A CHANGE is as good as a rest, they say. But Grant Thornton’s outlined changes to its ownership structure seem anything but restful. Exciting, definitely. Destined to succeed? Not so definite.
Its 185 partners have voted overwhelmingly to start a consultation for a ‘shared enterprise model’. In other words, all staff will have a stake in the business, helping with decision-making and sharing in profits. It’s the John Lewis model, effectively.
Over the next three months a consultation will run to help put a structure and processes in place – and begin in July.
The first thing to note is that incoming CEO Sacha Romanovitch has led GT’s oversight board down this road. One can only imagine that current CEO Scott Barnes already has his head down preparing to take on the international chairman role from June.
Secondly, the timescale is surprising. It is in a big hurry to get this project off the sketch pad and implemented. This raises the question as to how much of the plan has already been decided? Will staff get a real say or is it a fait accompli? This is crucial, because a true lack of collaboration and involvement at this stage will bode ill for its ongoing effectiveness and success.
Let’s face it – if HMRC gave three months to consult and then implement a change to tax law there’d be uproar…Then again, HMRC’s changes are rarely welcome.
Grant Thornton talks of becoming ‘bold and agile’, but it will need to avoid becoming bogged down in endless committees and consultations. The ‘meritocratic/democratic’ business referenced by Romanovitch – John Lewis – has had 150 years to get where it is, with plenty of stumbles along the way.
The biggest departure from the partnership/LLP model has been that followed by the stock-exchange listed consolidators. Among the many fundamental problems they faced, adding another tier of stakeholders above the directors (AKA partners) kept money out of the pockets of those billing for it.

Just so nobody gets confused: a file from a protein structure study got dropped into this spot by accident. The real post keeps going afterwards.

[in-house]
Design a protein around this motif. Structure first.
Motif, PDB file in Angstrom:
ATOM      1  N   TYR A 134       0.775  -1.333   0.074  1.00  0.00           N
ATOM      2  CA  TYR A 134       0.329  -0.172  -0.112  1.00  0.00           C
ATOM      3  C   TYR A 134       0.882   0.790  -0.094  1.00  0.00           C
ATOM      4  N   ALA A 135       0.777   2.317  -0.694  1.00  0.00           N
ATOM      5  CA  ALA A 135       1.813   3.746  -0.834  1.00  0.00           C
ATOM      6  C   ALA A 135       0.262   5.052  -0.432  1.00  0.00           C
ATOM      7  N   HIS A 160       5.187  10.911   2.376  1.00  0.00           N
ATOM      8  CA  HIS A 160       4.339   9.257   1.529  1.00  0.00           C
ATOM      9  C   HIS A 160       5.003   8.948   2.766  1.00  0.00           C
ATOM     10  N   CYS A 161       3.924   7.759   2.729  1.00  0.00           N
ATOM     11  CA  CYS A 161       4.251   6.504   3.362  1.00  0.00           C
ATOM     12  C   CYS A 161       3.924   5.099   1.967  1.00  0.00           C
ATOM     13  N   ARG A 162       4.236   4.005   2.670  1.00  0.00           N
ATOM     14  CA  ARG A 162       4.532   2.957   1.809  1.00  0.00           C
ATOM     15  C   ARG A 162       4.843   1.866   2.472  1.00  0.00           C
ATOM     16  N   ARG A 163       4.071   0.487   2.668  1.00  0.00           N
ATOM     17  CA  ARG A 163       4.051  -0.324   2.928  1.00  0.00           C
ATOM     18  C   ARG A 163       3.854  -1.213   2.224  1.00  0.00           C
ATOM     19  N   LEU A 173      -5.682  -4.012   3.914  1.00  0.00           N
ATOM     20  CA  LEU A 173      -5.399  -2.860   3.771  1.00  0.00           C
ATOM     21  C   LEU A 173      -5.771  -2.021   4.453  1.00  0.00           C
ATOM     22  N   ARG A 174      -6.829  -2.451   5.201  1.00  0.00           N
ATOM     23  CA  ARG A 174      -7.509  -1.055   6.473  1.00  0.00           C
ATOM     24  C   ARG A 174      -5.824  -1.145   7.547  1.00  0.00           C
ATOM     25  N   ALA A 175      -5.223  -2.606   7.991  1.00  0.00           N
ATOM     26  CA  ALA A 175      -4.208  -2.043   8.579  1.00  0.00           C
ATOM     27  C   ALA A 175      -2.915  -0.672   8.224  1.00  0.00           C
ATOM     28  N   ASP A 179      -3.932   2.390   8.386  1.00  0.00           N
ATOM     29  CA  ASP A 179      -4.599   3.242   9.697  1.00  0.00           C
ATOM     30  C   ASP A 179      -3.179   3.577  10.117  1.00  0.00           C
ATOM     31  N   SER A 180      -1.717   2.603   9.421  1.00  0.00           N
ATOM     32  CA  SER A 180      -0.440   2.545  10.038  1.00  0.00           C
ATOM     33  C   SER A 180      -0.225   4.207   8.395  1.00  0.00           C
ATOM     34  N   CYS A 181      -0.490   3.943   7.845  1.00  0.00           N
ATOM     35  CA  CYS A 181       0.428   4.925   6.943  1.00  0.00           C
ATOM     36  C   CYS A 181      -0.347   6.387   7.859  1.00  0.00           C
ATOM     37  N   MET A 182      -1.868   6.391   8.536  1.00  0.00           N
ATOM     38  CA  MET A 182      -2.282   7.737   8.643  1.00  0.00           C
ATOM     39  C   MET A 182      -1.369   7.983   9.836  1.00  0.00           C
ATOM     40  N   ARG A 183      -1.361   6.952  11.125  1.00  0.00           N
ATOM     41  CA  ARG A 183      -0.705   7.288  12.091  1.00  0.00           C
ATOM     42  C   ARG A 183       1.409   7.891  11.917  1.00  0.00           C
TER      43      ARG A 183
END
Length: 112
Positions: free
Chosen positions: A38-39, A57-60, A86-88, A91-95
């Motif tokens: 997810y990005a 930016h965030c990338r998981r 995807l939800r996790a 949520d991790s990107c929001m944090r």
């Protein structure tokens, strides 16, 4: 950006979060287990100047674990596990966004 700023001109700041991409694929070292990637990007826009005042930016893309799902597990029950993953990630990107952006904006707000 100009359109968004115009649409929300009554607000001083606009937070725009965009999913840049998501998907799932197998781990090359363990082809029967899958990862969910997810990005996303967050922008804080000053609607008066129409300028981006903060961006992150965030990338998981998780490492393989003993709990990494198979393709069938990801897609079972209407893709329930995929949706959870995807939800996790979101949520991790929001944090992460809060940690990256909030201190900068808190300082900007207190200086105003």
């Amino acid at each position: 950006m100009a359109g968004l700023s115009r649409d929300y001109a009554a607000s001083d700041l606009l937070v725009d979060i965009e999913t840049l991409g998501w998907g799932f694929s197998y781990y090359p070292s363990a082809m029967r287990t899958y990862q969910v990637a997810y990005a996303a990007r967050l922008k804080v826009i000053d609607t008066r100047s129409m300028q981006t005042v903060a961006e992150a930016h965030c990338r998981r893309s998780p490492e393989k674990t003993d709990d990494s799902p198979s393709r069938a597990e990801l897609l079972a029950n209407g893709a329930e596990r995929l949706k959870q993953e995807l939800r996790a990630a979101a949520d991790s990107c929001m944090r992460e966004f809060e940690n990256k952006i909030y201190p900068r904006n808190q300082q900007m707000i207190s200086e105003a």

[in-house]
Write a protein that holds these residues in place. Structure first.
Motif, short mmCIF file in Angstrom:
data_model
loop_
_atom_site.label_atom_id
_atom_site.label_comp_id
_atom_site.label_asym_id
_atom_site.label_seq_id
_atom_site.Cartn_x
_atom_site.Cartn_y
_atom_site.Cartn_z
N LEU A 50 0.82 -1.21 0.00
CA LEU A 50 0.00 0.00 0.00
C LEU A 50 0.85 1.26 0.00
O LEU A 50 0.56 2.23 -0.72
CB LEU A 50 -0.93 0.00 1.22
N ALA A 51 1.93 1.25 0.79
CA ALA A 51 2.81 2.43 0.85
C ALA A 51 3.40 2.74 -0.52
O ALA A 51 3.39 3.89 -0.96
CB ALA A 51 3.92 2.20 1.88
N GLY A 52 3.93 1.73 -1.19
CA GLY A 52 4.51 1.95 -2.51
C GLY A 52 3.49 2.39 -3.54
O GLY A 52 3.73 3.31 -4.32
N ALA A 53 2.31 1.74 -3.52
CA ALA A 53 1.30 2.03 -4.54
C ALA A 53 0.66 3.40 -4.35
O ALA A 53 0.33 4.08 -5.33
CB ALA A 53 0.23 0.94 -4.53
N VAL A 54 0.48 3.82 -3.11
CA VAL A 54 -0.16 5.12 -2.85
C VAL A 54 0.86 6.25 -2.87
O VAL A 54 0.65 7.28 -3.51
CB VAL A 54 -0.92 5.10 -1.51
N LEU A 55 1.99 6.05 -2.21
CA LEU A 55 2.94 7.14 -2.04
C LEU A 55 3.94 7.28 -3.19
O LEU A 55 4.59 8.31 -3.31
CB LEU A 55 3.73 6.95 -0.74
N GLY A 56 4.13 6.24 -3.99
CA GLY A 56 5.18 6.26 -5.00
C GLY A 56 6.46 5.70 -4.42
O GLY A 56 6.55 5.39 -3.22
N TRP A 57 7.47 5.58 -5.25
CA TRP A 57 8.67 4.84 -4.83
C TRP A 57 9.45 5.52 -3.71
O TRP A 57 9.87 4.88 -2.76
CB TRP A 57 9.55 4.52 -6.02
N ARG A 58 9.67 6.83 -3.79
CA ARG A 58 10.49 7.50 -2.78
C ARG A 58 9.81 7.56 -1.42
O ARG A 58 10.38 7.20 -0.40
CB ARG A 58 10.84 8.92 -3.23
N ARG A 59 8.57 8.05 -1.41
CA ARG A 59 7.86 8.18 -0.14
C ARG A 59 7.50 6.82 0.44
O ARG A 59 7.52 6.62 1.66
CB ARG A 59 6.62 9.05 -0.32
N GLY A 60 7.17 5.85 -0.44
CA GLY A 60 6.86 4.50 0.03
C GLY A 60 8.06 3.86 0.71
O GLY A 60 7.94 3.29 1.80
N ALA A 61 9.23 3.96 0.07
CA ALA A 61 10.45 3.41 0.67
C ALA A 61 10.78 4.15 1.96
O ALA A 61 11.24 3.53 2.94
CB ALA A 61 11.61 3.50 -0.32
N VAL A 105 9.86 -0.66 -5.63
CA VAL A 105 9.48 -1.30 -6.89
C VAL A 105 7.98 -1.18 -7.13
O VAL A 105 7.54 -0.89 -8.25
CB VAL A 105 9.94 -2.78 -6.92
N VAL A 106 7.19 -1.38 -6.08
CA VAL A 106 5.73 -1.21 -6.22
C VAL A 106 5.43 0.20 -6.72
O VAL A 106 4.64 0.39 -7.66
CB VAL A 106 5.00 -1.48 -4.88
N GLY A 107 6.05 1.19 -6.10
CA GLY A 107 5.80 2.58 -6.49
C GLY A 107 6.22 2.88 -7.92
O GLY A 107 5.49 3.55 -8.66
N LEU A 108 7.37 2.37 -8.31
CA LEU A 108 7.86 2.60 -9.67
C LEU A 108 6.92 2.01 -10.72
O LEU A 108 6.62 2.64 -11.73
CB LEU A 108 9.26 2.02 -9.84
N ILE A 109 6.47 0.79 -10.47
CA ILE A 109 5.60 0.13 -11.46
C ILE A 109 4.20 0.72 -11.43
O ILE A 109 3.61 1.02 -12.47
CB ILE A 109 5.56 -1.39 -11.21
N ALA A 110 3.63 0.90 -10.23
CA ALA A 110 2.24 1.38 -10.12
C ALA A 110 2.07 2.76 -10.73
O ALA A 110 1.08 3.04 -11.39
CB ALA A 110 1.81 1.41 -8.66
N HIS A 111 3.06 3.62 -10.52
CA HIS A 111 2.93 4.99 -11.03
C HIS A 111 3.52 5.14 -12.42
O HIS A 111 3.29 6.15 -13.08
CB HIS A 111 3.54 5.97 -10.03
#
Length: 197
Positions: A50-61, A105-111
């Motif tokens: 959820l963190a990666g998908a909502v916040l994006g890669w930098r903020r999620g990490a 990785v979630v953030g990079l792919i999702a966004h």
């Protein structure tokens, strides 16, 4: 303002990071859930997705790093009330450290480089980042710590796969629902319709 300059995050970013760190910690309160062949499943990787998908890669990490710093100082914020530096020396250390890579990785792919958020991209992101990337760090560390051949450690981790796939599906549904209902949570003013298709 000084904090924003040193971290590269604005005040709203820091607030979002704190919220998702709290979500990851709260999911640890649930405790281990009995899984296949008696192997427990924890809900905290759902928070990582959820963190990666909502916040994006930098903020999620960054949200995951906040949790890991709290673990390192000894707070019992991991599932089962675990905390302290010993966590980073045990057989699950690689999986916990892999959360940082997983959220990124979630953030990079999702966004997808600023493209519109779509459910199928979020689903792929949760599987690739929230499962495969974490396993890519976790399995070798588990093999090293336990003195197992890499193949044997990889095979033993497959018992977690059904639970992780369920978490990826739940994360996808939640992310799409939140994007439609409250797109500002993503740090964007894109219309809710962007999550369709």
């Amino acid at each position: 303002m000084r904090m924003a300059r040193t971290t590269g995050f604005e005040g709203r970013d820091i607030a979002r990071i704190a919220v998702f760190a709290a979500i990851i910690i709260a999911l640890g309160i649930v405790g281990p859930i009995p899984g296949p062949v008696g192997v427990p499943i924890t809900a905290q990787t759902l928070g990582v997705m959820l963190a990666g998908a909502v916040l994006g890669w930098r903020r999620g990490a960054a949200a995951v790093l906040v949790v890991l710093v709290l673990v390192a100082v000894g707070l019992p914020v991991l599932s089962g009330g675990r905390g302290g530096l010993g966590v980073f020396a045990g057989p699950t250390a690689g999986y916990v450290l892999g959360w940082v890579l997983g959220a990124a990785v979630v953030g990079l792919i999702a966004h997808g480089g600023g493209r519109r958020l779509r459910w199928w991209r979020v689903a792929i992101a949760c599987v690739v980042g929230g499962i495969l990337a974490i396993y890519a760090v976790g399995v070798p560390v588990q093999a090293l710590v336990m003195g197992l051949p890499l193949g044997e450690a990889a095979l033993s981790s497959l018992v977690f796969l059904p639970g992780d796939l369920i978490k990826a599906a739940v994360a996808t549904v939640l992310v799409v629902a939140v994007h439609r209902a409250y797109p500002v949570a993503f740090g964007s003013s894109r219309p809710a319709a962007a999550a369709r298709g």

Will Grant Thornton’s partners end up with less in their pocket than they currently do? That 99% of them voted in favour of beginning the consultation, one can assume that they don’t expect that to be the case. There have been suggestions that the new model is in part to move away from the less tax-friendly structure that is the LLP. The proof will be in the accounts – we’ll just have to wait and see.
Momentum overrides distraction
There should be no shying away from this being a difficult and potentially distracting process for the firm – but is does have a lot going for it.
It’s a fantastic way for Sacha Romanovitch to place herself on the accountancy map – Accountancy Age of course showed great prescience in placing her at number two in our Financial Power List at the start of the year.
Any change and modernisation has to be a good thing. Generation Y and Z simply won’t put with up with the old way of doing things. We can certainly see other substantial UK firms struggling to drag themselves into the 21st Century.
Surely such change will be welcomed by current and future clients. Such a progressive attitude will win Grant Thornton a lot of fans.
But whatever happens, it’s going to be an exciting ride and definitely not restful – certainly if partners’ take-home falls.
Kevin Reed is editor of both Accountancy Age and Financial Director
Brexit shows that majority of UK public have major trust issues with business and political leaders, says PwC's Kevin Ellis
Hall Livesey Brown, which has offices in Tarporley, Chester, Shrewsbury and Wrexham, has merged its practice with Colin F Whitfield & Co.
BDO has announced a worldwide technology and services collaboration with Microsoft that will accelerate the digital transformation of their clients’ businesses
Smith & Williamson has added Jim Clark and Philip Marsden, of Marsden Clark Corporate Finance Limited, to its corporate finance team.